This recipe also uses canola oil, (or colza or rapeseed oil, depending on where you live), which was a surprise. It added an interesting flavor to the other interesting flavors. Although I never would have thought to use it, I really liked it in this.

The combination of chocolate, cardamom, dried plums, earl grey tea, and canola/colza/rapeseed oil was gorgeous. In fact, this cake exceeded my veryvery high expectations for it. It was amazing. This is real company food. The glaze was perfect--it reflected the flowers I put on it like a chocolate mirror. We served this with a small scoop of vanilla gelato, and that’s all it needed.

In truth, I changed this recipe very little. It was written for an 8-inch cake pan, and I only had a 24 cm one, which is about 9.45 inches. If I remember my high school geometry correctly, the area of a circle is pi x radius squared*, which means that...lemesee...carry the one...divided by...(counting on toes)... my 24 cm pan holds about 39.53% more than an 8 inch one. See? And you thought you didn’t need geometry. Sister Mary Francis would be proud of me now.

So I increased everything by 50%. I tried to use 1.3953 eggs, but it was easier just to use one egg and one egg yolk. Oh. Sister Mary Francis is now disappointed in me. Again. I’m sure this is going on my permanent record. Again. Sigh.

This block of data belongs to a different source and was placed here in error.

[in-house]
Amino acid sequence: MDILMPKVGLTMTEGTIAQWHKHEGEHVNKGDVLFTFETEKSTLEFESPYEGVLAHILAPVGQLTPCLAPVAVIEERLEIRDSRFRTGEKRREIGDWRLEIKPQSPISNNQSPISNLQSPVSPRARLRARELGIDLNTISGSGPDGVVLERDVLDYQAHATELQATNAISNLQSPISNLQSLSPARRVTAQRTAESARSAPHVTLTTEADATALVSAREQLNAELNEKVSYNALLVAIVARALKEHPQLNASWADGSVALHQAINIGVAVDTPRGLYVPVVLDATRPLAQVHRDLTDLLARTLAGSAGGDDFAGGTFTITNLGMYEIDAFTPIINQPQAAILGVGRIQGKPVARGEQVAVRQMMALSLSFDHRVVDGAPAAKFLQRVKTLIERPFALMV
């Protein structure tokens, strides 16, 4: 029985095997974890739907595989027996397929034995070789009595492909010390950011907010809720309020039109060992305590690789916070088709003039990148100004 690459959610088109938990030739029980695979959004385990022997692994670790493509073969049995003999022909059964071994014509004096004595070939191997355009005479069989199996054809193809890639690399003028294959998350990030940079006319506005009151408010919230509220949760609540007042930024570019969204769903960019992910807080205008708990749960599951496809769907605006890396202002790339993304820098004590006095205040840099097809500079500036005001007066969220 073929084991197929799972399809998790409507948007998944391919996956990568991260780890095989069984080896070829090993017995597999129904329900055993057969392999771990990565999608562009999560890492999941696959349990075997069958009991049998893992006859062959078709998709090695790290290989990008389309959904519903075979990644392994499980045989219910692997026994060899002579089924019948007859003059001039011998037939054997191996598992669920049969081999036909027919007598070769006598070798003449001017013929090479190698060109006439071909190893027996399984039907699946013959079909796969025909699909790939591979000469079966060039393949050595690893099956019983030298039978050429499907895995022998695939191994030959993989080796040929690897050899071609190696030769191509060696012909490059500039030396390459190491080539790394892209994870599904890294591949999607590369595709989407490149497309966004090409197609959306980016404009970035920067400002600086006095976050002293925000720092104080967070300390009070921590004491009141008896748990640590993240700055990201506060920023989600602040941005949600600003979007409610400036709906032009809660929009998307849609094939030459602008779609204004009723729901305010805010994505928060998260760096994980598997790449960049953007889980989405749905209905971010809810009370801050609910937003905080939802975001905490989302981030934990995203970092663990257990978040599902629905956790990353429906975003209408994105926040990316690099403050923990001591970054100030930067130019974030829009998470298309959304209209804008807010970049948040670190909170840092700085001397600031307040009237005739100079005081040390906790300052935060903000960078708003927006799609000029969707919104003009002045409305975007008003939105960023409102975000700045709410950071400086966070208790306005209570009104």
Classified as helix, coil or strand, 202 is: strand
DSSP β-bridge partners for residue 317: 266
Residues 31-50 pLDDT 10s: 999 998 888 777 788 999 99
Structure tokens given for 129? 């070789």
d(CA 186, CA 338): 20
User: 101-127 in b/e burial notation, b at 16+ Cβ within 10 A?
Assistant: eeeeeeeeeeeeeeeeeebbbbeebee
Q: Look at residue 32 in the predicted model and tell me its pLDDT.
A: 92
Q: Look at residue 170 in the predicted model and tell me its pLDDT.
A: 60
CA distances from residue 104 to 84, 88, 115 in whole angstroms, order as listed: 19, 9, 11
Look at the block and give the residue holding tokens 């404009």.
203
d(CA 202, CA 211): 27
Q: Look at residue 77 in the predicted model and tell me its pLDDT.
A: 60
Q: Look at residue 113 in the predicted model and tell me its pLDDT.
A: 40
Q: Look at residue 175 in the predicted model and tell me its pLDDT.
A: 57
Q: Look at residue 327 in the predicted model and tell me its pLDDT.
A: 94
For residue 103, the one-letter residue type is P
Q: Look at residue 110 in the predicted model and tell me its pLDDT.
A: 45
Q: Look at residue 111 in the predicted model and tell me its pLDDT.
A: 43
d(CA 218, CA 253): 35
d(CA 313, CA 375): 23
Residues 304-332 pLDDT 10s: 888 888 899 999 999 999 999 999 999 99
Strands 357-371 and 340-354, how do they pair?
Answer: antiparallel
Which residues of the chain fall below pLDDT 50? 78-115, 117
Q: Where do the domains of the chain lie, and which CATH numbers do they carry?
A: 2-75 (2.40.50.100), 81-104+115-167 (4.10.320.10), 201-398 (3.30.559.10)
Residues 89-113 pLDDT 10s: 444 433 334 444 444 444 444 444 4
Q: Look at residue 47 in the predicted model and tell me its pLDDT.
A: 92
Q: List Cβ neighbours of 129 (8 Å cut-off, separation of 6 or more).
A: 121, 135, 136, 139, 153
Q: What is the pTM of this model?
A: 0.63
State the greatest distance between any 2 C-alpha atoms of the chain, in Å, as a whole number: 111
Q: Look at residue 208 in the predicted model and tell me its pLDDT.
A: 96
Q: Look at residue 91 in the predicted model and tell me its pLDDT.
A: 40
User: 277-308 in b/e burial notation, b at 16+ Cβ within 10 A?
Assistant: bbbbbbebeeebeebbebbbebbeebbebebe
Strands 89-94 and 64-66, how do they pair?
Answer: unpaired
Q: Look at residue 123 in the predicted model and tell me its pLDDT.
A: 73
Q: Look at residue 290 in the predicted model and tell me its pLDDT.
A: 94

Where was I? Oh, yes. So I increased everything by 50%. Except the cardamom. I doubled that. And the cocoa too, because I always increase the chocolate content of whatever I bake. Oh, and the lemon zest too, because who can zest 3/4 of a lemon?

Because I made more batter than the 1.3953% that I needed, I had some left over (exactly 10.47%. See Sister?) So I made some cupcakes with the extra. 3.643 cupcakes, to be exact. No, actually it was four. (Too late. I’ve got detention for making that fraction up. Again.)

Are you still here? Then you deserve a reward. And you shall have it! Here’s the recipe for this amazing cake. If you have an 8-inch cake pan, the recipe is here. If you have a 9.45 inch pan or even a 9 inch pan you probably want my version. Sister Mary Francis says it’s ok to make cupcakes with the leftover batter. But you’ll have to send her one or it’ll go on YOUR permanent record too.

Chocolate Prune Cardamom Cake

from Pastry Studio

30 prunes

3 Earl Grey tea bags

Boiling water to steep tea (about 1 cup)

210 g / 1 1/2 cups cake flour

3 Tablespoons cocoa

1 teaspoon ground cardamom

3/4 teaspoon salt

1 teaspoon baking soda

175 ml / 3/4 cup canola/colza/rapeseed oil

315 g / 1 1/4 cups + 2 Tablespoons sugar

1 egg + 1 egg yolk, at room temperature

zest of 1 lemon

175 ml / 3/4 cup plain yogurt

1 1/2 teaspoon vanilla

Chocolate cardamom glaze

1 cup heavy cream

1 Teaspoon corn syrup

8 cardamom pods

220 g / 8 oz dark chocolate